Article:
The regime of President Saddam Hussein has collapsed and
leading aides have fled to Syria.
Russia denied rumors swirling through Baghdad that Saddam had found refuge in its embassy in the city as its ambassador to Iraq, Vladimir
Titorenko, returned unexpectedly to Baghdad after evacuating the compound on
Saturday. Titorenko returned to Baghdad after a visit to Moscow by U.S.
National Security Adviser Condoleezza Rice.
U.S. officials said the last traces of command and control of Iraqi
forces have dissipated. They said representatives of the regime have simply
disappeared and many of their homes were looted by Iraqi mobs.
"The game is over," said Mohammed Al Douri, Iraqi envoy to the United
Nations and the last major figure of the regime who hasn't fled.
There was no sign of the Saddam regime in Baghdad on Wednesday or
Iraqi Information Minister Mohammed Sahaf failed to give his daily briefing
and employees of his ministry were gone.
Some Arab volunteers continued to comprise pockets of resistance around
Baghdad. But others, including Al Qaida insurgents, have been captured. The
London-based Iraqi opposition said 70 Al Qaida agents sent by Osama Bin
Laden to fight for Saddam have been captured by coalition forces in Al Kut,
east of the Iraqi capital.
Russia's media reported that CIA teams have failed to find the archives
of the Saddam regime. The Moscow-based Interfax news agency said the
archives were believed to have been transfered to the Russian embassy in
Baghdad, which was reopened on Wednesday amid widespread looting in the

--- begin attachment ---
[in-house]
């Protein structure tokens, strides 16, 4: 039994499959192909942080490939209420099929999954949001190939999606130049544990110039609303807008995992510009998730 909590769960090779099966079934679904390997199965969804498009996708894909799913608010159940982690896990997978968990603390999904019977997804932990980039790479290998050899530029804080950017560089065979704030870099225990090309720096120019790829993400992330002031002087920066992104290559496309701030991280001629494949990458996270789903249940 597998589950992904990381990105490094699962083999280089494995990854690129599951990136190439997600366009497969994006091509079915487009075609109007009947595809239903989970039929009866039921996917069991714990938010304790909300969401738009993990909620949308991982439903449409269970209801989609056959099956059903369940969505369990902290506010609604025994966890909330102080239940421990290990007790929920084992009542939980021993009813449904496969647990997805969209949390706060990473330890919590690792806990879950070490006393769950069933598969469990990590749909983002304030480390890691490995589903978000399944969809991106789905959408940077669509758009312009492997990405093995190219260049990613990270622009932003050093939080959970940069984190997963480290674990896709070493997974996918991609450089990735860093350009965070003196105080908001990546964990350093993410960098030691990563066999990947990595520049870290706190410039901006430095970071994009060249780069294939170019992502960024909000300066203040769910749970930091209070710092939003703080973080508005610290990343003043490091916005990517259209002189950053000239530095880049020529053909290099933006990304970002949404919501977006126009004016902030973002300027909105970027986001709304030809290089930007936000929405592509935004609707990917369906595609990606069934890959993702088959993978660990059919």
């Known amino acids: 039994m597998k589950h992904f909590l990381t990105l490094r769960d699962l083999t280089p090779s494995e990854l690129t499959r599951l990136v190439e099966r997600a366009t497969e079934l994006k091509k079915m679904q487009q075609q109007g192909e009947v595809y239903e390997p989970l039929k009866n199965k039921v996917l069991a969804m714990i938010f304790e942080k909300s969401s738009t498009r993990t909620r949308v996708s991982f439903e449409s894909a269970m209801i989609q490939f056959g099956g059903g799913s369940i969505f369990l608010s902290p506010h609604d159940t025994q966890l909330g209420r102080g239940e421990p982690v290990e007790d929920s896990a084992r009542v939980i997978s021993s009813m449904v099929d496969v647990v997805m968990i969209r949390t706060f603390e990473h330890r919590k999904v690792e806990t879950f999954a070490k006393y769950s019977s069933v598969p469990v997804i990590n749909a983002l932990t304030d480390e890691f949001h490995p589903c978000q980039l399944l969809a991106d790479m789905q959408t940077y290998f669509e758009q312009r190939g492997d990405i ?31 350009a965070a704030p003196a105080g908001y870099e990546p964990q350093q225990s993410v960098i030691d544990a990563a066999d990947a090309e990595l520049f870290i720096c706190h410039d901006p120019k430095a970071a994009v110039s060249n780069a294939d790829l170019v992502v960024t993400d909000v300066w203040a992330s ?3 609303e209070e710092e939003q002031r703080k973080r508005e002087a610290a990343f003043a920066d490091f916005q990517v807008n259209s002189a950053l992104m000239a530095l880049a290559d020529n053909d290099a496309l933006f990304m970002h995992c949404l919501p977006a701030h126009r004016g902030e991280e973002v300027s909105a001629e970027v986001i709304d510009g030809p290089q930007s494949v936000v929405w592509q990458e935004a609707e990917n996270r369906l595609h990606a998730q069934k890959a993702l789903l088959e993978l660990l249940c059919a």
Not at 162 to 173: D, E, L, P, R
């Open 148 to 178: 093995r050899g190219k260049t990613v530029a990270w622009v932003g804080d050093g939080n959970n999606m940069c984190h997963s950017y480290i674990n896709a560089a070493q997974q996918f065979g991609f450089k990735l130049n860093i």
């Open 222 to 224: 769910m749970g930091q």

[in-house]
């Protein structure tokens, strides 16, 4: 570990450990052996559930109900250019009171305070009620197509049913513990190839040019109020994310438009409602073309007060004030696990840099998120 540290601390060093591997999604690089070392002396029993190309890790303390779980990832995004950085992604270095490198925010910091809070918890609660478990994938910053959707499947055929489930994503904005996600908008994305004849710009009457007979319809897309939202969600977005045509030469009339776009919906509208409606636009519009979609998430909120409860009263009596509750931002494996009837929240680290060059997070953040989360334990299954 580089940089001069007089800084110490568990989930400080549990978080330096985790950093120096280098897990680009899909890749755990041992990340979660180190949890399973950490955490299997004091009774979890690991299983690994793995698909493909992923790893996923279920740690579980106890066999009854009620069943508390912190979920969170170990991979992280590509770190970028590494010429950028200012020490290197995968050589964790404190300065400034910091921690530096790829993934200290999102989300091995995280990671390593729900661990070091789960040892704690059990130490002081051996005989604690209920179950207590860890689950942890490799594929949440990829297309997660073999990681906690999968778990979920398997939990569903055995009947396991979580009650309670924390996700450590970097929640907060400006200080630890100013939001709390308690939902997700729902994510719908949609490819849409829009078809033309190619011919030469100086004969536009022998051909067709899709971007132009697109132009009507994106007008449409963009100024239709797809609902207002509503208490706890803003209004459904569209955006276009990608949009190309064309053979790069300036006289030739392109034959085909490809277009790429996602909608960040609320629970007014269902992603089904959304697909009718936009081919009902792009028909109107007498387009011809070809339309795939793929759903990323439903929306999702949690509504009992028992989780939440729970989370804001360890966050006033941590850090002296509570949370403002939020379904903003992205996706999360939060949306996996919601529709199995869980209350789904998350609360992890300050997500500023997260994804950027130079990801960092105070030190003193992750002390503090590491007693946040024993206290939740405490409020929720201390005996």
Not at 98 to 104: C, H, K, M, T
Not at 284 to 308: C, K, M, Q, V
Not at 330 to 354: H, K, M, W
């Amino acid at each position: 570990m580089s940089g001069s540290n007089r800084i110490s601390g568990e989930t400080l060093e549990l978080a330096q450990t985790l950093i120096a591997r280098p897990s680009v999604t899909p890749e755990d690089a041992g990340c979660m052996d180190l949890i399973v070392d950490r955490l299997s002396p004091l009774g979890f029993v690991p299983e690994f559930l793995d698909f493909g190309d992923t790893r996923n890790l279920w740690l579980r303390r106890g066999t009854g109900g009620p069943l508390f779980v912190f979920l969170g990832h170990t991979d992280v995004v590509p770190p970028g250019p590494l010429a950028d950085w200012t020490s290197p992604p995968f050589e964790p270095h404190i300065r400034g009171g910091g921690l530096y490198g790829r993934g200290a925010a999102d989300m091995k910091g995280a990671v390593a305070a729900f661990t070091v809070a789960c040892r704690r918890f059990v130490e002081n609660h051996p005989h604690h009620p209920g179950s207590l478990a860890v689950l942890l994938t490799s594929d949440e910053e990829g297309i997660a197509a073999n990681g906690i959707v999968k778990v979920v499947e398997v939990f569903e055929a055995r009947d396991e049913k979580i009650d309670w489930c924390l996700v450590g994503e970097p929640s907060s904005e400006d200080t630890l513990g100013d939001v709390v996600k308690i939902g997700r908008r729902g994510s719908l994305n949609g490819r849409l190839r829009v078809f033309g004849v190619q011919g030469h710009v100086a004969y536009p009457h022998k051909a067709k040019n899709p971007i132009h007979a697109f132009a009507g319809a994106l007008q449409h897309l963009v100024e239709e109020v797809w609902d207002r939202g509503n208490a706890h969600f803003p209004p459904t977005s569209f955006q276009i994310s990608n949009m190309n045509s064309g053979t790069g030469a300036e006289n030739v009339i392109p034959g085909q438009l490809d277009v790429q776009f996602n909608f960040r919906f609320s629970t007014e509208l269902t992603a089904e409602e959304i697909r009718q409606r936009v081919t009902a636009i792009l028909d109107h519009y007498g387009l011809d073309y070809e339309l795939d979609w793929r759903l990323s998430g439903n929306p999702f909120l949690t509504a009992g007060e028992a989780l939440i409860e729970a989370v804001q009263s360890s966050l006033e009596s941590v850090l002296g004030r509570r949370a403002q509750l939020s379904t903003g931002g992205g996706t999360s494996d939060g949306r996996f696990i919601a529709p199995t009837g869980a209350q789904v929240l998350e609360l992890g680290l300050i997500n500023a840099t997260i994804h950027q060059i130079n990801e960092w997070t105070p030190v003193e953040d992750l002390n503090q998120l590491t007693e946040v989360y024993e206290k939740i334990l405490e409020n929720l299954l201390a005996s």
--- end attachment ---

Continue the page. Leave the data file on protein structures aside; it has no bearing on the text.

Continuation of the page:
In several foreign capitals, Iraqi intelligence agents were said to have
seized documents to prevent them from falling into coalition hands. Iraqi
diplomats in several countries were said to have requested political asylum
from host governments.
Russia also denied rumors that Saddam has found refuge in the Russian
embassy in Baghdad.
Lebanese parliamentary speaker Nabi Berri said Russia and the United
States appear to have reached agreement regarding the future of Saddam.
"Saddam Hussein could have found refuge in the Russian embassy in
Baghdad," Berri said in Beirut without elaborating.
Russian officials quickly denied that their government was sheltering
Saddam. "This type of statement is not in any way true," Russian Foreign
Ministry spokesman Alexander Yakovenko said. "This is another attempt to
place our embassy in Baghdad under threat."
Officials said Iraq's military and Saddam's militias continued to resist
in Mosul, Tikrit and some parts of Baghdad. But they said the operations by
Saddam's forces were completely disorganized and would be terminated within
"We certainly are focused on Tikrit to prevent the regime from being
able to use it as a place to command and control, to restore command and
control, or to hide," Brig. Gen. Vincent Brooks, deputy operations chief at
U.S. Central Command, said. "We anticipate that any fighting that would
occur there, if we happen to go to Tikrit, would be similar to what we've
seen in other parts of the country."
On Thursday, Saddam loyalists, which includes the Special Republican
Guard, waged an intense battle against U.S. marines in northern Baghdad. The
marine force, which sustained casualties, was said to have been engaged in a
search for Saddam.
Saddam's whereabouts is unclear in wake of the U.S. air bombing of a suspected
regime bunker in Baghdad on Monday. Officials said U.S. intelligence has
revised its assessment and now believes that Saddam escaped the air bombing
of his bunker while his aides have headed for Syria.
"Syria has been cooperative in facilitating the movement of people out
of Iraq into Syria, and then in some cases, they stayed there and found
safekeeping there," Defense Secretary Donald Rumsfeld said. "They are moving
from Syria to still other places."